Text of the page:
“I realised that all the books I enjoyed were about somewhere else, not my own hometown. I thought that we needed our own literature in order to know about ourselves.” - Goh Poh Seng
Join three local writers from different generations who have published poetry and plays exploring our identity as Singaporeans, in a dialogue exploring the journey to find our unique voice as one nation in the attempts to establish and define what ‘Singapore literature’ is and can be. Chaired by writer and arts entrepreneur Phan Ming Yen, the panel will also revisit some of Goh’s struggles as a writer in newly-minted Singapore that still echo among the new generation of writers today.
About Critical Conversations
As part of the Centre For the Arts’ vision to nurture creative minds and inquiring spirits, the NUS Arts Festival presents Critical Conversations – a series of talks and panel discussions aimed at deepening the discourse and engagement with the themes raised during the festival.
Phan Ming Yen is the author of That Night by the Beach and Other Stories for a Film Score (2012), and also co-wrote The Adopted: Stories from Angkor (2015) and Lost Bodies: Poems Between Portugal and Home (2016). His work has appeared in Quarterly Literary Review Singapore, Best New Singaporean Short Stories and Kulit. He also contributed to the non-fiction book Singapore Soundscape: Musical Renaissance of a Global City (2014). He is director of the non-profit Global Cultural Alliance.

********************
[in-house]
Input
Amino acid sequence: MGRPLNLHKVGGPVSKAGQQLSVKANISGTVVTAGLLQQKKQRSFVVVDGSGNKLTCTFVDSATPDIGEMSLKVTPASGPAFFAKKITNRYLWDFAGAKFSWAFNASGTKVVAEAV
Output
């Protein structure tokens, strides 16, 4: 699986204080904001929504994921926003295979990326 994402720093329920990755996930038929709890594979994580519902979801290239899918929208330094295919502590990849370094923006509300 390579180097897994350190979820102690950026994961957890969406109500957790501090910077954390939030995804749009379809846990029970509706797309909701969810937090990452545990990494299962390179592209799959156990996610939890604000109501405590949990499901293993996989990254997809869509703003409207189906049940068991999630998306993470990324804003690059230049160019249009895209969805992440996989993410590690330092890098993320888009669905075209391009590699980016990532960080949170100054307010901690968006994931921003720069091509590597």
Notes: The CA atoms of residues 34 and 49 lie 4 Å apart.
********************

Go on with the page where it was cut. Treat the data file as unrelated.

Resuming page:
Amanda Chong is a lawyer trained at Cambridge and Harvard, who writes poems on her lunch breaks. Her first collection, Professions, was published in 2016, and was shortlisted for the Singapore Literature Prize 2018. Amanda's poetry has been engraved on the Marina Bay Helix Bridge and included in the Cambridge International GCSE syllabus. Her creative writing has appeared in Monocle, The Straits Times and Quarterly Literary Review Singapore. As a lawyer, she has served in the United Nations Expert Group on the legal definition of trafficking in persons. She also co-founded ReadAble - Literacy for Life, a non-profit organisation that runs weekly literacy classes for children and migrant women in a low-income neighbourhood (www.amandachong.com)
Image: Ejun Low
Marc Nair is a poet and photographer. He is a recipient of the 2016 Young Artist Award. Starting out as a spoken word artist, he has published five solo volumes of poetry and another four collections in collaboration with visual artists, photographers and graphic artists. He regularly writes and performs in group multi-disciplinary shows both locally and overseas. His latest collection of poetry is Vital Possessions. Marc was the 2016-17 NTU-NAC National Writer in Residence and is the co-founder of Mackerel, a culture magazine. He has also worked with Lee Kin Mun, aka mrbrown, on the mrbrown show for over a decade, writing satirical audio and video sketches and songs.
Robert Yeo has published poetry, plays, a novel, essays and a memoir. Performances include plays and an opera, for which he wrote the libretto called Fences. He won the SE Asia Write Award in 2011. His latest books are the plays, The Singapore Trilogy, 2001, collected poems in The Best of Robert Yeo, 2012, and the play, The Eye of History, 2016.